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In the U.S.marker, a country lawyer, or county-seat lawyer, refers to an attorney who has completed little or no formal legal training and has become a member of a county bar or a state bar after "reading law"; traditionally, these lawyers practiced general law in a rural setting, or on the frontier such as Andrew Jackson.

By extension, and popularized by such figures as Abraham Lincoln, Clarence Darrow, and Robert H. Jackson, the country lawyer's image has become that of advocate and protector of the common man.

Reading law

The opportunity to become a lawyer without graduating law school, called "reading law", is still available in seven U.S. states (Californiamarker, Mainemarker, New Yorkmarker, Vermontmarker, Virginiamarker, Washingtonmarker, and Wyomingmarker) through various apprenticeship programs.

Learning law

Unlike their American counterparts, early Canadianmarker lawyers did get some legal training, but not within a higher institution like a school. Following English tradition, early Canadian lawyers trained by learning law through another lawyer. To practice fully, these legal students (Articled clerk) are required to pass a bar exam and be admitted to the bar.

Learning law was also used in Ontariomarker to train lawyers until 1949. People training to become lawyers need not attend school, but they were asked to apprentice or article with a practicing lawyer. Changes in the late 1940s ended the practice.

In Quebecmarker civil law required formal education and in Nova Scotiamarker lawyers were trained by attending university.

Descriptions

According to Francis Lyman Windolph in his 1938 book The Country Lawyer:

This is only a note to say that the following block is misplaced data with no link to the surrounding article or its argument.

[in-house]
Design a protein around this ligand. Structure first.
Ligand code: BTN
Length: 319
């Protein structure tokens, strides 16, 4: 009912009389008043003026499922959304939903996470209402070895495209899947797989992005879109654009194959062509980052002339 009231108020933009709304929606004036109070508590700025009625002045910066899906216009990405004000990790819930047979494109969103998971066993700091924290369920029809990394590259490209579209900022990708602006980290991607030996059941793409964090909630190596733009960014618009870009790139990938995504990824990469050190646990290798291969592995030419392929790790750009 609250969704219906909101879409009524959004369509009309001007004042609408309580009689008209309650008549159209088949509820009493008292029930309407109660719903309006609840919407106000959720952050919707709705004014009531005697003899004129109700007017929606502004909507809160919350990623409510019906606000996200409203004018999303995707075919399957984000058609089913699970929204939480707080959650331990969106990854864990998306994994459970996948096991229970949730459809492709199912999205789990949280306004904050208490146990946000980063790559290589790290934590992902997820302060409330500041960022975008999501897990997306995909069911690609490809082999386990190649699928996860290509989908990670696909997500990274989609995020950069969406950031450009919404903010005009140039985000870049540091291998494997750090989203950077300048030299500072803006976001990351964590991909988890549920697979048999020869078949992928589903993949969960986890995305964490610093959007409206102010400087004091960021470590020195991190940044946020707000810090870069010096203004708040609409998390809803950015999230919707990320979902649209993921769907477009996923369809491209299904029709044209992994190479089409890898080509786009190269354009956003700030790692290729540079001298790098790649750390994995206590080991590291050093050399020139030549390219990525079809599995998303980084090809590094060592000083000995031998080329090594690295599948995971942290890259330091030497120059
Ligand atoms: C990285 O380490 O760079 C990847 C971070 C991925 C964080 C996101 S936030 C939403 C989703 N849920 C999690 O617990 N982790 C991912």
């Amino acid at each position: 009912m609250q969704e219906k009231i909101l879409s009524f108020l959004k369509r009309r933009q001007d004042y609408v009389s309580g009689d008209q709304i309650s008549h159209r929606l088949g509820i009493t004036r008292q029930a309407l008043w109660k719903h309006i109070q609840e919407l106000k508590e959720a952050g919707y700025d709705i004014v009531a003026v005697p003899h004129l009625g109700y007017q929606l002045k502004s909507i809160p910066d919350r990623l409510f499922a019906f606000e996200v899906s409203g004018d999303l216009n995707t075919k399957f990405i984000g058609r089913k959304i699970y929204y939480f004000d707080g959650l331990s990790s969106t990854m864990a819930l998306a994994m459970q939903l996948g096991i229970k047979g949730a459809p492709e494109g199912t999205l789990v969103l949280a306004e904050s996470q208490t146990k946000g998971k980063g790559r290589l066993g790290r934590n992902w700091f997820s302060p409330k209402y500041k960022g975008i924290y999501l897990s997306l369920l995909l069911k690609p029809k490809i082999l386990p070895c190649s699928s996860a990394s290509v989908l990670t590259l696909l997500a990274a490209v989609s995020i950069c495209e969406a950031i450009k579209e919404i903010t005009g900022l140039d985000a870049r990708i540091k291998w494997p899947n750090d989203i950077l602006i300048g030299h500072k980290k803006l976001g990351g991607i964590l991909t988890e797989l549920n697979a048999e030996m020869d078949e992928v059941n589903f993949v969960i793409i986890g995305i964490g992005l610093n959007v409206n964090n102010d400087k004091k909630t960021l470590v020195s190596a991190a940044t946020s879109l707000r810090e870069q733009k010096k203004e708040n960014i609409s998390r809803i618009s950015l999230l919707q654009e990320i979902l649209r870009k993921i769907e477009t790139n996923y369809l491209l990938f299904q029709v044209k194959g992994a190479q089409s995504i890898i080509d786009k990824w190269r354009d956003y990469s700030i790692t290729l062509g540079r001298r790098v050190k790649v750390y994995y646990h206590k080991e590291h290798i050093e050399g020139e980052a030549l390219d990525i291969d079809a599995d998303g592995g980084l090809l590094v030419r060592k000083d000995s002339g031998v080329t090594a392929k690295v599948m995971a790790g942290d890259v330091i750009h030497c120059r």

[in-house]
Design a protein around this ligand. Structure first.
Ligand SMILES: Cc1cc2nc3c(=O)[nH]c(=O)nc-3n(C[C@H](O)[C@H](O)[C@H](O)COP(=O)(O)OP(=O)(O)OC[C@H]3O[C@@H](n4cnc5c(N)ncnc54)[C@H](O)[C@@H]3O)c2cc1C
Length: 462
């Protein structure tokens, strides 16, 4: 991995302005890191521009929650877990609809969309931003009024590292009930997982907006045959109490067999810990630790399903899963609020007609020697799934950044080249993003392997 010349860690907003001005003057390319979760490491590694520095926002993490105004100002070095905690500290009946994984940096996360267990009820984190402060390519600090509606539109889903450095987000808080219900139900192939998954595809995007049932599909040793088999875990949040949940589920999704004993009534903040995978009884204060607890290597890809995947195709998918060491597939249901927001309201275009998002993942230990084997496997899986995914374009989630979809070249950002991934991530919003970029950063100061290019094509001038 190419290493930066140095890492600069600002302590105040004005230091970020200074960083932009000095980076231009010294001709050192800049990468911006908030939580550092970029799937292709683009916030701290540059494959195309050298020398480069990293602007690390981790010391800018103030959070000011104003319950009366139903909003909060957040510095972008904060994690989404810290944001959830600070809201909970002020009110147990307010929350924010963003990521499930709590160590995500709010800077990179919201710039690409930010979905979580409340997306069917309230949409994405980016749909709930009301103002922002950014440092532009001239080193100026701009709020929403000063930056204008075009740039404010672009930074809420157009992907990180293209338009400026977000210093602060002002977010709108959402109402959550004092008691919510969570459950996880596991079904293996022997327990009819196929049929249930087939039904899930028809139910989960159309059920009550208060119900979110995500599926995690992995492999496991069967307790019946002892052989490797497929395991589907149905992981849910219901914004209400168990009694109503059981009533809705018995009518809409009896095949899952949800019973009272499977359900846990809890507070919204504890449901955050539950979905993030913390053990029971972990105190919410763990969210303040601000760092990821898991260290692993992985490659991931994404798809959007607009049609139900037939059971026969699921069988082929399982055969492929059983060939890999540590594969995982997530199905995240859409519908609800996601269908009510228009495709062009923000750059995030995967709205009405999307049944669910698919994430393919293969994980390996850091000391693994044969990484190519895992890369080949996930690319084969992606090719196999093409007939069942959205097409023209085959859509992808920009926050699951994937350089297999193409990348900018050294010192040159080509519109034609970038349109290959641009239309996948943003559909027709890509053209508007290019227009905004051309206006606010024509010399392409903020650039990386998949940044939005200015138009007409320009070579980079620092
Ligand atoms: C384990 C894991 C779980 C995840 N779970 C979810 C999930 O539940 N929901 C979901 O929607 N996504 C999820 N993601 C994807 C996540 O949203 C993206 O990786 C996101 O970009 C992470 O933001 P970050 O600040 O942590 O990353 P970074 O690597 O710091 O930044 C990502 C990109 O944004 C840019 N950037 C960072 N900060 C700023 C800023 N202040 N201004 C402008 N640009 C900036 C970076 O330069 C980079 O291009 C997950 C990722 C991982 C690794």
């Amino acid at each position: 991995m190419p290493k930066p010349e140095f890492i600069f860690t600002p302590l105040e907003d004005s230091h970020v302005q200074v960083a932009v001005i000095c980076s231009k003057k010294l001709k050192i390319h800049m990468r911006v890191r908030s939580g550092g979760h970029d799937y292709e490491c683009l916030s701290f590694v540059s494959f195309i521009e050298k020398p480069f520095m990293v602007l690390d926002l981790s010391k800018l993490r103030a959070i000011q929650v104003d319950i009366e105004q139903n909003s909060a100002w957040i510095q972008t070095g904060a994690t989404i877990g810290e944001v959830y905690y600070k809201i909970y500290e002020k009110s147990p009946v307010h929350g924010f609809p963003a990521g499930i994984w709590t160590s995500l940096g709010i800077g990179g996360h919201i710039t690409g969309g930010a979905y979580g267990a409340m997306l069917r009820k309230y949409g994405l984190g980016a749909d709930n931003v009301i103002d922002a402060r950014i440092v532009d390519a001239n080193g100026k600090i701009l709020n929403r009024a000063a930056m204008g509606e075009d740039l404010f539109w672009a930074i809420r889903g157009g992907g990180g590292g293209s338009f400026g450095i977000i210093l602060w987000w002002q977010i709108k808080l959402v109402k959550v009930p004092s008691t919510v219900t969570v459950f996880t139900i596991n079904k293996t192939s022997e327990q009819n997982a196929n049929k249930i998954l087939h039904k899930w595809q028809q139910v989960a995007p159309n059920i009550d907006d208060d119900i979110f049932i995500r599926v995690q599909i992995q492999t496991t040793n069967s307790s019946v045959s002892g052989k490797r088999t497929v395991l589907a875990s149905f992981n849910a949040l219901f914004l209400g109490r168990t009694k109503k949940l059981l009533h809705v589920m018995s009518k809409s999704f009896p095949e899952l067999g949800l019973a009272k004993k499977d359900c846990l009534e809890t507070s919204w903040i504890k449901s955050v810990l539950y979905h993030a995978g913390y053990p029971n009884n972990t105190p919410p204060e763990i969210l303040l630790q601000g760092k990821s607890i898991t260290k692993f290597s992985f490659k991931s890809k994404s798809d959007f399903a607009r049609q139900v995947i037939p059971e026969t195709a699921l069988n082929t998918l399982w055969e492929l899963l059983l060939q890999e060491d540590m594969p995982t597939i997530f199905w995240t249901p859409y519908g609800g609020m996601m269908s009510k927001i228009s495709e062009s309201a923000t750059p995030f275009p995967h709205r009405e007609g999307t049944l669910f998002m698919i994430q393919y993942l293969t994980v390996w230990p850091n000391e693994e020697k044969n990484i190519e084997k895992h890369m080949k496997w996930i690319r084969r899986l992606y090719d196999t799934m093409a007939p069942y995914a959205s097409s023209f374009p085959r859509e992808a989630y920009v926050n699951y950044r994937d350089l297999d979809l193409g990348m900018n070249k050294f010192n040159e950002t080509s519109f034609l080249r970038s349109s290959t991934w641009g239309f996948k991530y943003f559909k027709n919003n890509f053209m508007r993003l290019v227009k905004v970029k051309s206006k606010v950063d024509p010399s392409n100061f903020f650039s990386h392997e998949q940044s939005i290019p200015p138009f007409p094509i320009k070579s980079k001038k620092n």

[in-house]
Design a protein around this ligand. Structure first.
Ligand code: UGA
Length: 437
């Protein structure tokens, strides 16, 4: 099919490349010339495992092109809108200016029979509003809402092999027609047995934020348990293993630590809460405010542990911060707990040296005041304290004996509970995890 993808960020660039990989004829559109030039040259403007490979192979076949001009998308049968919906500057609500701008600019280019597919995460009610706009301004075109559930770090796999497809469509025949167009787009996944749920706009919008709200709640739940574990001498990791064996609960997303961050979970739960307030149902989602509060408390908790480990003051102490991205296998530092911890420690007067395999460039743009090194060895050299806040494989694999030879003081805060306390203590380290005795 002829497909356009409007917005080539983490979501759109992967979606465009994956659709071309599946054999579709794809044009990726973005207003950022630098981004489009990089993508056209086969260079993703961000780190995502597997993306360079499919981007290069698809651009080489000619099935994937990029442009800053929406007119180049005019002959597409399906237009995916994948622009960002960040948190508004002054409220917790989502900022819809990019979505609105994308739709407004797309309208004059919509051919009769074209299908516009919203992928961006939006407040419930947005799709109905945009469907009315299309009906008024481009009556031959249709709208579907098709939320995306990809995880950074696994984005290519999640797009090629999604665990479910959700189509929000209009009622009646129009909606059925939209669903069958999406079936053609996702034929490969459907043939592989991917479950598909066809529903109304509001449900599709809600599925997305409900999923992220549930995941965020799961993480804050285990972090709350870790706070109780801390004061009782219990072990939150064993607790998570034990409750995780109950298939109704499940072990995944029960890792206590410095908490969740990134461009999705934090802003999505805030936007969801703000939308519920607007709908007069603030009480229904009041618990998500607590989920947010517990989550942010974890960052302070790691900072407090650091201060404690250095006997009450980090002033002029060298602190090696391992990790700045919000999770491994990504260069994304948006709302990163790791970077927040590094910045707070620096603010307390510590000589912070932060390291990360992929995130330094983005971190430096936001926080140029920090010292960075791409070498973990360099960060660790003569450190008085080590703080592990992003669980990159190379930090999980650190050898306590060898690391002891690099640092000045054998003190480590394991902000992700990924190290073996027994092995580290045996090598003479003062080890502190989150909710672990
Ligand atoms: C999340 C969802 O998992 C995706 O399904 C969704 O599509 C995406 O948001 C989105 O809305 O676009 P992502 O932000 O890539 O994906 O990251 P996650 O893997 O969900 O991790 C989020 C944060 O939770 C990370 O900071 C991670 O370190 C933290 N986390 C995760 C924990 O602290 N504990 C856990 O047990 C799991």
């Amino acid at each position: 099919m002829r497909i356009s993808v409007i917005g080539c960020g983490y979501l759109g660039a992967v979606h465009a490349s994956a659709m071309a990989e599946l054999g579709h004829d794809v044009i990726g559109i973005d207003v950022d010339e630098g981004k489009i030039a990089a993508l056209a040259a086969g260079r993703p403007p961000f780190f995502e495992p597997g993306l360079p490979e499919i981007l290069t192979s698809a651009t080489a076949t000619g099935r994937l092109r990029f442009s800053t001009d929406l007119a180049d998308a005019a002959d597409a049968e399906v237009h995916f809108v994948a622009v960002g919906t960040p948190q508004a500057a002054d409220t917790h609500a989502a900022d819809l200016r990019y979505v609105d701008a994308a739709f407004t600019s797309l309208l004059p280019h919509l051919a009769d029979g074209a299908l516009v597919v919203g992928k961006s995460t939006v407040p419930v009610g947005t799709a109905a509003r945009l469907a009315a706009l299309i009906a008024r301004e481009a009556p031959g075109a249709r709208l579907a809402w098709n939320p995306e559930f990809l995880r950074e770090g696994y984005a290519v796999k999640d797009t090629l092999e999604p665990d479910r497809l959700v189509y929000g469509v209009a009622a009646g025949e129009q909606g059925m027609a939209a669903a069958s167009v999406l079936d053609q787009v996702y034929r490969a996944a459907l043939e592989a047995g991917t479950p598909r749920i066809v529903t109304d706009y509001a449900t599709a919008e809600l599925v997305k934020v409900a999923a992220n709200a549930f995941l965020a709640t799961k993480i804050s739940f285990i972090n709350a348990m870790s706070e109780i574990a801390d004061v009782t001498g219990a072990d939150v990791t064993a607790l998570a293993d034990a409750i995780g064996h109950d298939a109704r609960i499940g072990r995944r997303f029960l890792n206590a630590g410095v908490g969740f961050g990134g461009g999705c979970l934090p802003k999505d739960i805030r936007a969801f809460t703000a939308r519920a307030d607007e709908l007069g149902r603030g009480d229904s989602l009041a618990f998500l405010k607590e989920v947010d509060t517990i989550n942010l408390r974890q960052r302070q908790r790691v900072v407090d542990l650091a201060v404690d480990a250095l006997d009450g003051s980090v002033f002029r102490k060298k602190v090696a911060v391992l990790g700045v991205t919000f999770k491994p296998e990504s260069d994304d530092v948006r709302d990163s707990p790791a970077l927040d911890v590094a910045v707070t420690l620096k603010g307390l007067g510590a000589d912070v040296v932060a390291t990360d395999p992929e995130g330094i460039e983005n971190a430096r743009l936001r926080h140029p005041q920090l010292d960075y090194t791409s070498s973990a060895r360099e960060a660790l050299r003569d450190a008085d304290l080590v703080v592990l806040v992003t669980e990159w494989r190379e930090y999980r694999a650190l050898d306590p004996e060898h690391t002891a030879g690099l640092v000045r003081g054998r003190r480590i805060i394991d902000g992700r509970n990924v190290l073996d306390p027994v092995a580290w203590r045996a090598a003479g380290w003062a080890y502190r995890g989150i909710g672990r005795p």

Robert H. Jackson offered his own description in his 1950 essay "The County-Seat Lawyer":

Notable examples

In chronological order:

United States

  • Andrew Jackson (1767–1845), frontier lawyer (1787–1796), 7th U.S. President (1829–1837)
  • Abraham Lincoln (1809–1865), prairie lawyer, 16th U.S. President (1861–1865), ended slavery (1862–1865)
  • Clarence Darrow (1857–1938), leading member of the American Civil Liberties Union
  • Calvin Coolidge (1872–1933), country lawyer (1897–1916), 30th U.S. President (1923–1929)
  • Robert H. Jackson (1892–1954), last U.S.marker Supreme Courtmarker justice (1941–1954) not to have graduated from law school, chief U.S. prosecutor at the Nuremberg Trialsmarker (1945–1946).
  • Sam Ervin (1896–1985), civil liberties advocate and Democratic U.S. Senator (1954–1974), and leading member of Congressional committees involved in discrediting McCarthy in 1954 and Nixon in 1974. Ervin called himself a "country lawyer," but graduated from Harvard Law School after being admitted to the bar.
  • Strom Thurmond (1902-2003), Edgefield (South Carolina) Town and County Attorney (1930-1938), Circuit Judge, Governor of South Carolina (1947-1951), United States Senator (1956-2003), Presidential Candidate (1948).


Canada



References






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